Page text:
Financing Alone: Money Management in College


CW/ Autumn Williams

Augustus Barnette , Staff Reporter

Unless you are a finance student, talking about money isn’t an easy topic. Among talk of a looming recession, rising inflation and high gas prices, starting college and taking finances into your own hands can appear to be a massive burden, especially if most financial talk sounds like a foreign language.  

According to a 2019 study by the Financial Industry Regulation Authority, over 50% of American adults are not adequately saving money, and financial literacy rates have dropped to only 34% — with participants only being able to answer four or five financial questions. Along with this, nearly 50% of adults with student loans regret the price of their education. However, the study also concluded that nearly 50% of participants saw that with an increase in financial literacy comes increased savings. 

The University of Alabama offers free access to the Higher Education Financial Wellness Alliance’s CashCourse program, which provides courses on budgeting, loans, saving and more, as well as budgeting tools and resources to make your financial journey a little more digestible. They also have tests before and after the lesson in order to gauge progress.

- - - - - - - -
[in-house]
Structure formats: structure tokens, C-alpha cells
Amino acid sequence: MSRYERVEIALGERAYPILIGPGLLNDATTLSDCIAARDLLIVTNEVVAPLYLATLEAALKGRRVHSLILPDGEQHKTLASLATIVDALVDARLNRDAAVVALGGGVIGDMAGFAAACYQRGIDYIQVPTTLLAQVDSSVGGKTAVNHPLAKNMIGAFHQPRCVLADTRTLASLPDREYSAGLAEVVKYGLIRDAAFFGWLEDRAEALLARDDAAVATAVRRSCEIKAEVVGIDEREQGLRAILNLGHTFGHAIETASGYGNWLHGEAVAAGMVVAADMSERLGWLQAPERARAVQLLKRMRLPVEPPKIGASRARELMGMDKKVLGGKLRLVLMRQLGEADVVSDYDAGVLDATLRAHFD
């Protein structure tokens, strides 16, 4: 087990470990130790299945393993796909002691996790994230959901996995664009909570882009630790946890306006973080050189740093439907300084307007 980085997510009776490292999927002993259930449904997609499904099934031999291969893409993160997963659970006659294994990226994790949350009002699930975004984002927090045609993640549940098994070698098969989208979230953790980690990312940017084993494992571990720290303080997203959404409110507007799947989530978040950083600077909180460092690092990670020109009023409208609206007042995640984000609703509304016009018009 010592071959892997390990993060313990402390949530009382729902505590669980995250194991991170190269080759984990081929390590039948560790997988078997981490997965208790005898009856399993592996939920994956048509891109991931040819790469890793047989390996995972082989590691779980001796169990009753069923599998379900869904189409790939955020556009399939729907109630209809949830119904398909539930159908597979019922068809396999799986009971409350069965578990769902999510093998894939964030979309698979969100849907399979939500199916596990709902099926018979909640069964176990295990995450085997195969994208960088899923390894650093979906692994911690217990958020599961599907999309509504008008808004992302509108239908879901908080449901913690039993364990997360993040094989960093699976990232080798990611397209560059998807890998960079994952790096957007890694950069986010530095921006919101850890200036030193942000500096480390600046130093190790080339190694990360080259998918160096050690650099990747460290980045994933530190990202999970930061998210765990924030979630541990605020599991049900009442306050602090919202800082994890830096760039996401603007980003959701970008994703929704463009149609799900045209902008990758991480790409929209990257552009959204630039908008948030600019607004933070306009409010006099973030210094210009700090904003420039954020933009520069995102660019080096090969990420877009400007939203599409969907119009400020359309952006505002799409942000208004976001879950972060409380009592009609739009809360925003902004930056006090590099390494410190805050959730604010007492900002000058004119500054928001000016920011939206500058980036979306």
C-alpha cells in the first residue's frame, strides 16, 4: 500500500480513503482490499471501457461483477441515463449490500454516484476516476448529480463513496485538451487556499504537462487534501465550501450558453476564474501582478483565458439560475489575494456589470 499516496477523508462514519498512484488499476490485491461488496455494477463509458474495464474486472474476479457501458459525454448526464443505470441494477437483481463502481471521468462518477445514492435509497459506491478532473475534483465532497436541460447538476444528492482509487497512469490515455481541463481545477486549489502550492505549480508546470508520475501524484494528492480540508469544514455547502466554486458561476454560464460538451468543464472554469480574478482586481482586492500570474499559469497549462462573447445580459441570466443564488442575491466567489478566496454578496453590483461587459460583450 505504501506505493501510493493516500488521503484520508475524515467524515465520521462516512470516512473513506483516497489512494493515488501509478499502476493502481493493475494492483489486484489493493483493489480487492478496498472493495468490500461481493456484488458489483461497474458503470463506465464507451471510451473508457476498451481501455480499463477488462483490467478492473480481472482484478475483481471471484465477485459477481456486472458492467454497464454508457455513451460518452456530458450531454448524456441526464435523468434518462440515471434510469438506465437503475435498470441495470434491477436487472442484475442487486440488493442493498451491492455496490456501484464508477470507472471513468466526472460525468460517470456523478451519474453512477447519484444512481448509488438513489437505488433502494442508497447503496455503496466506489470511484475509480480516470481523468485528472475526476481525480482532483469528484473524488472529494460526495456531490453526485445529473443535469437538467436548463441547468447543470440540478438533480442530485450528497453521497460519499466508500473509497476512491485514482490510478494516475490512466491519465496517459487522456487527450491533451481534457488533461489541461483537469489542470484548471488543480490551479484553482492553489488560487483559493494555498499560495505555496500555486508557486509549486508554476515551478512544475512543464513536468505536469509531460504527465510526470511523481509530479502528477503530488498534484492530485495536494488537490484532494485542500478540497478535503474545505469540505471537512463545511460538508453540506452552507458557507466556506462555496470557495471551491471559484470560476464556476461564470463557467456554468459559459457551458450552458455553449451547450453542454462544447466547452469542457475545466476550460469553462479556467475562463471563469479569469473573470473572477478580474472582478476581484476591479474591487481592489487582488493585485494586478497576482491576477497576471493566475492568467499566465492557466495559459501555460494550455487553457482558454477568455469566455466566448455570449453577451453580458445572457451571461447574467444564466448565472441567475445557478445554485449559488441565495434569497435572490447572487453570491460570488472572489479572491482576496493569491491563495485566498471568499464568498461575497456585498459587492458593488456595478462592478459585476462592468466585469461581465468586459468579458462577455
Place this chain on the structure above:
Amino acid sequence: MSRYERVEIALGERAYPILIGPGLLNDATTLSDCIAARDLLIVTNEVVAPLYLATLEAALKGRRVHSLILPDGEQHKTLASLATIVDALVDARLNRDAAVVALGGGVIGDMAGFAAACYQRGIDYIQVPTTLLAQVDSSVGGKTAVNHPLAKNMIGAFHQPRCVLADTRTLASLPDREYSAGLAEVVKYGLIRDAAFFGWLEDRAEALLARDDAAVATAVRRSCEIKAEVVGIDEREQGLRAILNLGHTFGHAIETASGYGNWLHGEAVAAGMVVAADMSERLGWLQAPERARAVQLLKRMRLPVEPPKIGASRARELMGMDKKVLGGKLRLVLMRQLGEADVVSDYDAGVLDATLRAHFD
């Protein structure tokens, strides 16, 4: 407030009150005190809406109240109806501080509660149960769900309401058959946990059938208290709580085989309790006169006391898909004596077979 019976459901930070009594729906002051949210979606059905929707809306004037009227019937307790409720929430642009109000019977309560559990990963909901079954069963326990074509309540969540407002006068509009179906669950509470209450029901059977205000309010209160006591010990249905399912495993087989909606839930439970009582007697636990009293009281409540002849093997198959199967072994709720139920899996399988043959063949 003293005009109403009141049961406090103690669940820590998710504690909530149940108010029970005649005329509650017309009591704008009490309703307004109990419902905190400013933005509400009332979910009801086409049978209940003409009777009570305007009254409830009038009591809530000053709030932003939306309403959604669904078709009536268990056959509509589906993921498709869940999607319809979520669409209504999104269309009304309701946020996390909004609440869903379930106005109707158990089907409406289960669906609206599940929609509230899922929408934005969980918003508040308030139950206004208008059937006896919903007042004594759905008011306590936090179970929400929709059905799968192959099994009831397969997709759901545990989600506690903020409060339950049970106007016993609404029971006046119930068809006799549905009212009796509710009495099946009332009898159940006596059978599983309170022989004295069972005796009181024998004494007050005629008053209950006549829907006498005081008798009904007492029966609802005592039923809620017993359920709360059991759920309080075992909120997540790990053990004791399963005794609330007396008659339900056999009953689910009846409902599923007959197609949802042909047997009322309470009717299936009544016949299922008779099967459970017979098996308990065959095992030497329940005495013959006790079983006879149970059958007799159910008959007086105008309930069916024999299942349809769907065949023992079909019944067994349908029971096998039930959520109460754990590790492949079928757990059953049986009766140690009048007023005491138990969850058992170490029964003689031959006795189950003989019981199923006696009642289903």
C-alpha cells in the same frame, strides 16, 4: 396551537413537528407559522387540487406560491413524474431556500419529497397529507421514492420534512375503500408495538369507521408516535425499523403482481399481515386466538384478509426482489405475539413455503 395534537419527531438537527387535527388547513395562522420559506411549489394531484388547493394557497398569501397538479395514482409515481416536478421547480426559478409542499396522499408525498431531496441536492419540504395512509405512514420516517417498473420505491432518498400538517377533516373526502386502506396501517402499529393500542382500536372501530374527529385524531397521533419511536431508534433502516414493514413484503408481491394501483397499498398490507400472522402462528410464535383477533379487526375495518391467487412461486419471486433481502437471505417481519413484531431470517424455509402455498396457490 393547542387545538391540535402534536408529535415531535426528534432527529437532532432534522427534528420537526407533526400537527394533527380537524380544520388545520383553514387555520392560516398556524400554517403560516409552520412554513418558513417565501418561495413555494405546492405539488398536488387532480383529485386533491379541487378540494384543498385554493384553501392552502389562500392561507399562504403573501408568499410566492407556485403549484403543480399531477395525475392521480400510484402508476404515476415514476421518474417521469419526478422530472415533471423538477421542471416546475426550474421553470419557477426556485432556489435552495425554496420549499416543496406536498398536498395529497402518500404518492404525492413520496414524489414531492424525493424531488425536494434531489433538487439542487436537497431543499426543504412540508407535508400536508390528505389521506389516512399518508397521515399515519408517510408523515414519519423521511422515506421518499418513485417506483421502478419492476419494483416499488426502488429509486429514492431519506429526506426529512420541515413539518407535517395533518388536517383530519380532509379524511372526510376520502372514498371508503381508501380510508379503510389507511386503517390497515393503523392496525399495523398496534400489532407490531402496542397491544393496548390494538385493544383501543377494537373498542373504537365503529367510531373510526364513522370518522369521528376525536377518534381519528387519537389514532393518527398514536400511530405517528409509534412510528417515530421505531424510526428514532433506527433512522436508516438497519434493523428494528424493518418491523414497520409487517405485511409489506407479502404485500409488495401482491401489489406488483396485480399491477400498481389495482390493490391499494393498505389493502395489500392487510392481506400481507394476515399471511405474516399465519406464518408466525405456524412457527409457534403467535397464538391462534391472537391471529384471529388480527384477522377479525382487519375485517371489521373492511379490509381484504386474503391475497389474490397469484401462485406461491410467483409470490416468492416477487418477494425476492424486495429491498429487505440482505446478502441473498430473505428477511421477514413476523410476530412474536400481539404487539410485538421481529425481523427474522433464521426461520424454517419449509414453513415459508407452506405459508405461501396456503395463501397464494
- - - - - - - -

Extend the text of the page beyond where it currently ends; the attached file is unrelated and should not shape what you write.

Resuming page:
Christopher Whaley, a clinical professor of finance at The University of Alabama, said budgeting isn’t just about saving money; remaining goal-minded is key.  

“You need to have a goal in mind when building your budget or an investment strategy: some stated outcome that is specific, measurable and bounded within a period of time. Cliched plans to ‘get rich’ or ‘have more money’ are too broad to effectively manage your finances,” Whaley said. “These could be anything from, ‘pay off my student debt 5 years after graduation’ or ‘buy a house when I am 25’ or ‘a net worth of $1,000,000 by 35,’ something that you have put thought behind and can develop a strategy to achieve.” 

While goals make financial successes feel more tangible, starting out can still be a grueling task. 

To start budgeting, keep track of a few weeks of spending. It’s important not to overthink it, spend as normal. Instead of sifting through bank statements, plenty of free apps like Mint exist to track these expenses automatically. After adding your bank accounts, credit cards, investments and other assets, Mint shows you graphs of your income and lets you know when spending increases or decreases.